Steve’s team is building a Hotel Management software. Maggie submitted her software program that took care of guest registration when they arrive at the reception. Beth from the testing team took it up for testing and rejected the whole delivery. Reason? Maggie did not take care of the functionality that arriving guest who is a ‘Club member’ had a different rate card to be applied.
“Different rate card? Where is this requirement written?” Maggie said in disbelief.
“I don’t know where is it written, but it was mentioned by someone during the Requirement Clarification meeting with customer last month”, was Beth’s reply.
“If it is not written in the Use case,” said Maggie, “it doesn’t get into the code”.
“Hey, Special Guests use case captures user registration but I am not sure if it talks about the rate card”, said Anil, a fellow developer.
“Then it is not part of the scope” Maggie said.
Beth shook her head.
So did Steve, the project manager, realizing that he had a problem on his hands. Requirements were not documented and detailed properly, in spite of him conducting regular Requirement Clarification meetings with the customer.
To manage scope project manager needs to think about project activities required to ensure that the project includes all the work required, and just the work required, to complete the project successfully.
“only the work required” – is very important. In my own experience, we had to pay dearly for over enthusiasm shown by developer (in one of the instances, I being the one) by adding functionality that was ‘cool’ but was not documented in requirements. Problems such as Gold plating and Scope creep in such cases can hurt team’s schedule, productivity and quality quite badly.
Why does this happen?
Plan How To Manage Scope
This is where the process to collect, define and manage scope is defined. You may be using existing practices from defined templates or a best practice from another project taken from organizational process assets.
Scope management plan addresses questions like who has the authority and responsibility for scope management, how is scope defined, how is it measured, what is the change process, and who accepts deliverables and verifies scope.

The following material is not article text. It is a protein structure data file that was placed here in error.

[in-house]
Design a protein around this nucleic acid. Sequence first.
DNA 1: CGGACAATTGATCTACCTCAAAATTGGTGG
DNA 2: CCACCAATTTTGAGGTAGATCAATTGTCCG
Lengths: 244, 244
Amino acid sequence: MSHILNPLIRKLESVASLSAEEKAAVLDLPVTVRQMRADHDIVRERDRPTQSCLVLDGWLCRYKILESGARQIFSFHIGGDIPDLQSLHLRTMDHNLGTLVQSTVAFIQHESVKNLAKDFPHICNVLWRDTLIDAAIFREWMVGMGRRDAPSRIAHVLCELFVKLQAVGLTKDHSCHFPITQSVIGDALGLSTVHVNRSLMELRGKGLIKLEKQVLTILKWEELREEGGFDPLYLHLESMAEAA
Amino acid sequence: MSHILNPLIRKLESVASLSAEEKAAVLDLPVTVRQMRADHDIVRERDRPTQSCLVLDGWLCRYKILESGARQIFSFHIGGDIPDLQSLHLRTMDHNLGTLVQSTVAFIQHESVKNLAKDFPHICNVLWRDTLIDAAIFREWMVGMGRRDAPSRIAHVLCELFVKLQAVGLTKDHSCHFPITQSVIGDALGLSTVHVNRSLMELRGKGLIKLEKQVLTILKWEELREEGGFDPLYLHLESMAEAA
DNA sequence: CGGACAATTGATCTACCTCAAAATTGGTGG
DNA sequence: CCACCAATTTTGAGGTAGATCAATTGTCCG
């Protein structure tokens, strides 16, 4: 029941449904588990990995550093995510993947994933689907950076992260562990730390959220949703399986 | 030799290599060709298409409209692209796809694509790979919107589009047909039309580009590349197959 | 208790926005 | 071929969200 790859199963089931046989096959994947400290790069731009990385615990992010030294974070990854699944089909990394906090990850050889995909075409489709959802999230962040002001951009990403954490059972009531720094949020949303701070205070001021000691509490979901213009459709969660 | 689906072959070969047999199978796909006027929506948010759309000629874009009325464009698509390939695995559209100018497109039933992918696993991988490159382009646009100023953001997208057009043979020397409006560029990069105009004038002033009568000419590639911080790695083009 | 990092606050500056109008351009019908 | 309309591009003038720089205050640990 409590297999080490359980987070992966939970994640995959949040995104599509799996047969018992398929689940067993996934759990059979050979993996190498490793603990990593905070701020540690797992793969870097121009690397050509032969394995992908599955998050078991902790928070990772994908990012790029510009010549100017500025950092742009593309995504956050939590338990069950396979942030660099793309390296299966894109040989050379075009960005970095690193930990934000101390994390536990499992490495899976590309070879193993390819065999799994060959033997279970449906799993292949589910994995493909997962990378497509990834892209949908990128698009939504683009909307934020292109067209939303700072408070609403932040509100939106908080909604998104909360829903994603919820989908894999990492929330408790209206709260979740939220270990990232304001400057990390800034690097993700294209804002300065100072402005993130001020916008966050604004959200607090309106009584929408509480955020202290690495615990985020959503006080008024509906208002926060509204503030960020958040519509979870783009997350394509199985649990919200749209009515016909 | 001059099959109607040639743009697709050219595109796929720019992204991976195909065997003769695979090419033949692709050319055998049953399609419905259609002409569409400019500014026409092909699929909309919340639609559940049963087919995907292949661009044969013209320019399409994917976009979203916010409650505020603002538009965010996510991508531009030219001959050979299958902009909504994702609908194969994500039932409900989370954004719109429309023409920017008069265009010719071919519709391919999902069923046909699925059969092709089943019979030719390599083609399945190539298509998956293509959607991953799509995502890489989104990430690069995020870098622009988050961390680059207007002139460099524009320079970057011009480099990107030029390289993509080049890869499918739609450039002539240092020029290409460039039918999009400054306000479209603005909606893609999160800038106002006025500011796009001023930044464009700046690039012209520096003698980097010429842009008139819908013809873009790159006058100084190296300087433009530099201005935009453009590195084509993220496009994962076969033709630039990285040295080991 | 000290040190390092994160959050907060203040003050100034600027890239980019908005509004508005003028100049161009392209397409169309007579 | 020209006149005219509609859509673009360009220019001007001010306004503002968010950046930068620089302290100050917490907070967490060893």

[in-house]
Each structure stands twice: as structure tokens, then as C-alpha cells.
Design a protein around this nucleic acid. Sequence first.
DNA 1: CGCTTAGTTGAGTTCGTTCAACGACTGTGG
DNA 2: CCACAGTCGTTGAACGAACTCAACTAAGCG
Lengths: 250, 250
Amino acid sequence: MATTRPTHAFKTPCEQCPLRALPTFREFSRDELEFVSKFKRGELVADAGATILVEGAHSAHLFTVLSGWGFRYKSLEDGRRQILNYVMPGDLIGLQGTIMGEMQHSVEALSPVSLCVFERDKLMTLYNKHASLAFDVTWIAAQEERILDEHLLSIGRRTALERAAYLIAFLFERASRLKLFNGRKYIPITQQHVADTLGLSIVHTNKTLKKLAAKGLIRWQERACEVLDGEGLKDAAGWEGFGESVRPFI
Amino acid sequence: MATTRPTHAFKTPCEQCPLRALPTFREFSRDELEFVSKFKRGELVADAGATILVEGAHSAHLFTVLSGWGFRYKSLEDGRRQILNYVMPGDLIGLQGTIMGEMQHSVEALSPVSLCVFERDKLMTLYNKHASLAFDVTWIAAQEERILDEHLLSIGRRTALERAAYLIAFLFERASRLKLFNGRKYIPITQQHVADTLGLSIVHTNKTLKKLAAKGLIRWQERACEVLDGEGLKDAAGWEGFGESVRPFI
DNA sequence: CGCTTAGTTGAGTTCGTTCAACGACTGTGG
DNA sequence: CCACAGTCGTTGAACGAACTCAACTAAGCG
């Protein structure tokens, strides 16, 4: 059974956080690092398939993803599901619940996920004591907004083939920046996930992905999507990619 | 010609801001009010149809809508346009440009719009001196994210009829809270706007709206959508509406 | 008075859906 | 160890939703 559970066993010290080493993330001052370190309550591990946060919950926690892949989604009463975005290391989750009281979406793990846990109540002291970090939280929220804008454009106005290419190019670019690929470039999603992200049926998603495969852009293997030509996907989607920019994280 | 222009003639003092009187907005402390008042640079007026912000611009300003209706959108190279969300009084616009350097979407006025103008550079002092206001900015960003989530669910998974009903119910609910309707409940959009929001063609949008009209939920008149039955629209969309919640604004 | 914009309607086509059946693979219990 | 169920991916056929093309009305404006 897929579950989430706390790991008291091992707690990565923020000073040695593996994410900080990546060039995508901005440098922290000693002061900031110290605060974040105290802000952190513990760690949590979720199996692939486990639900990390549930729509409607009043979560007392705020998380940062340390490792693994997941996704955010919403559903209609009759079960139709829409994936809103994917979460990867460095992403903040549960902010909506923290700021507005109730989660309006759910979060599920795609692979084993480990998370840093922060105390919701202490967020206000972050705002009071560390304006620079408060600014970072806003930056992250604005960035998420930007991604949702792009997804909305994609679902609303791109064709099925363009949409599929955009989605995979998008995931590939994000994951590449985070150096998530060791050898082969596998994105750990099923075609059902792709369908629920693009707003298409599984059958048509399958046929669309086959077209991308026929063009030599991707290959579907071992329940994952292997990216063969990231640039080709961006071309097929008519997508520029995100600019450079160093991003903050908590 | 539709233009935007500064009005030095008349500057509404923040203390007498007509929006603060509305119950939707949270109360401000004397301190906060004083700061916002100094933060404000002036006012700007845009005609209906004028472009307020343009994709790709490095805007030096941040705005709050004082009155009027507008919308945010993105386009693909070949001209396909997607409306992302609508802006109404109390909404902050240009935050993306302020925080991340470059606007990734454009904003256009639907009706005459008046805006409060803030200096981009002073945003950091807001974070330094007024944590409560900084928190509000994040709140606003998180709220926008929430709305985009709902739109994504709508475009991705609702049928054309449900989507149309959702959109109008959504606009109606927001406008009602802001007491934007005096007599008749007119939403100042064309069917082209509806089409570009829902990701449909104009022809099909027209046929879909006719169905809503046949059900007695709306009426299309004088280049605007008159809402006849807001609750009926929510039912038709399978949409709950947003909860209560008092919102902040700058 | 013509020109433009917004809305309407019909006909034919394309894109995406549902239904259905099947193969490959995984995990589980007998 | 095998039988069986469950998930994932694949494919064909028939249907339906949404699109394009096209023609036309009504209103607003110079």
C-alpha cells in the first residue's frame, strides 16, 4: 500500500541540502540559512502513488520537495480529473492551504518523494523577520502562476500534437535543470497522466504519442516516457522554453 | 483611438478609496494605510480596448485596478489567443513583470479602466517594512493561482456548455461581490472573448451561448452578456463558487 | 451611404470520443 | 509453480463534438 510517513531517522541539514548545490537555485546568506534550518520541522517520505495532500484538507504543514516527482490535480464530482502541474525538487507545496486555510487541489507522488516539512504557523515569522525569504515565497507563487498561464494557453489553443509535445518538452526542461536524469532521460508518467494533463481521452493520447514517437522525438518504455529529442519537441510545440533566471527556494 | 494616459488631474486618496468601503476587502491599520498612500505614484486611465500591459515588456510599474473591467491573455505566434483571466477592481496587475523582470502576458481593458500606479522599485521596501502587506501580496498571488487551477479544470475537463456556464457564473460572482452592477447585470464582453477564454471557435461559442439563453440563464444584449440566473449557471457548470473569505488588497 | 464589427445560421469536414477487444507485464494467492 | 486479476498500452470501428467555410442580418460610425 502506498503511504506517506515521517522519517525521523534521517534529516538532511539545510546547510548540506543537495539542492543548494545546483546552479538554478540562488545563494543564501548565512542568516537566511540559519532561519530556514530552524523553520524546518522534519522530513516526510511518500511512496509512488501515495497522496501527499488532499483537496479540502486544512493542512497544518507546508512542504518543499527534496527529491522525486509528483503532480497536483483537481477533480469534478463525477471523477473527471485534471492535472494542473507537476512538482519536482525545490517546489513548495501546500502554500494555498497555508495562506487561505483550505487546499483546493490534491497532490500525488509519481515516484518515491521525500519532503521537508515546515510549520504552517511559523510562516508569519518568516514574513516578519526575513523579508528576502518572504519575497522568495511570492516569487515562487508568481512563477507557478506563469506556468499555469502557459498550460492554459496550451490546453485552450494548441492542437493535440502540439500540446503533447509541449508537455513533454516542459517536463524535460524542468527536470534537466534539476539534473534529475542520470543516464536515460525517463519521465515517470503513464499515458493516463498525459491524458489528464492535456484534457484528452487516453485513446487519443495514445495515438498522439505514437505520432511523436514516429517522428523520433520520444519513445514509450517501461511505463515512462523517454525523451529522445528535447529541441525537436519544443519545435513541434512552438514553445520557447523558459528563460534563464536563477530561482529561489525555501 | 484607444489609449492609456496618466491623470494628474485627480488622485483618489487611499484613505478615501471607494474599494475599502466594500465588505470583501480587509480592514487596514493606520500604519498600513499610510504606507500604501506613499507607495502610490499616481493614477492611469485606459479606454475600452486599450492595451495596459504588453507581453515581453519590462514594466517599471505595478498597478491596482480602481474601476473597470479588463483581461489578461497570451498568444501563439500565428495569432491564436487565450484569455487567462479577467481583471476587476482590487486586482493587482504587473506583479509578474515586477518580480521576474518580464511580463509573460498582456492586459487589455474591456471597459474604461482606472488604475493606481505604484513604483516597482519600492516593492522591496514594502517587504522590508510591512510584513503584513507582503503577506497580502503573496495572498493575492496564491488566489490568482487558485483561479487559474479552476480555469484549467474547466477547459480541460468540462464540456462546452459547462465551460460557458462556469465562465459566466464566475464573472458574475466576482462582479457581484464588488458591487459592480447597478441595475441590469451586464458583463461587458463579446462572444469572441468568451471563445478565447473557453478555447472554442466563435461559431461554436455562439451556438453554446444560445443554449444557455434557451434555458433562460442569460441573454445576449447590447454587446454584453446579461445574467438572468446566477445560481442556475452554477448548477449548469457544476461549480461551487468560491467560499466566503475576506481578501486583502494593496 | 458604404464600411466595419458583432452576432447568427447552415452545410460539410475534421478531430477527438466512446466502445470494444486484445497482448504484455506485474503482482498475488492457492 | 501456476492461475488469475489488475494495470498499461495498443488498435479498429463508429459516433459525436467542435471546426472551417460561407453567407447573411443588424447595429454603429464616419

Collect Project Requirements
How do you identify and document what customer wants? This process description answers this question with some neat tools and techniques. Bear in mind that this is one of the crucial processes in a project, because unless right requirements are captured properly the deliverables cannot be guaranteed to satisfy customer.
Define Project and Product Scope
Once you know what customer needs, this process helps you add clarity to project and product requirements by detailing the requirements.
Work Breakdown Structure
This process is all about breaking down the monolith. Project deliverables are broken into smaller activities that can be easily managed, tracked, implemented and tested.
Validate That Deliverables Meet Scope
When a deliverable arrives, you will have to verify them against the requirements. Customer acceptance is dependent on how well finished deliverables adhere to the defined scope.
Control Modifications To Scope (More or Less than planned)
This too is a crucial process in Scope management. Controlling scope is a preventive or course-corrective exercise to ensure that team produces only what customer wants, nothing more or less. This is where change requests are generated too.
Although they appear to be nicely sequenced, in real project environment these processes overlap with each other, and with other processes from other knowledge areas in ways that are unique to that project.
Let us understand the differences between Project Scope and Product Scope, in the next post.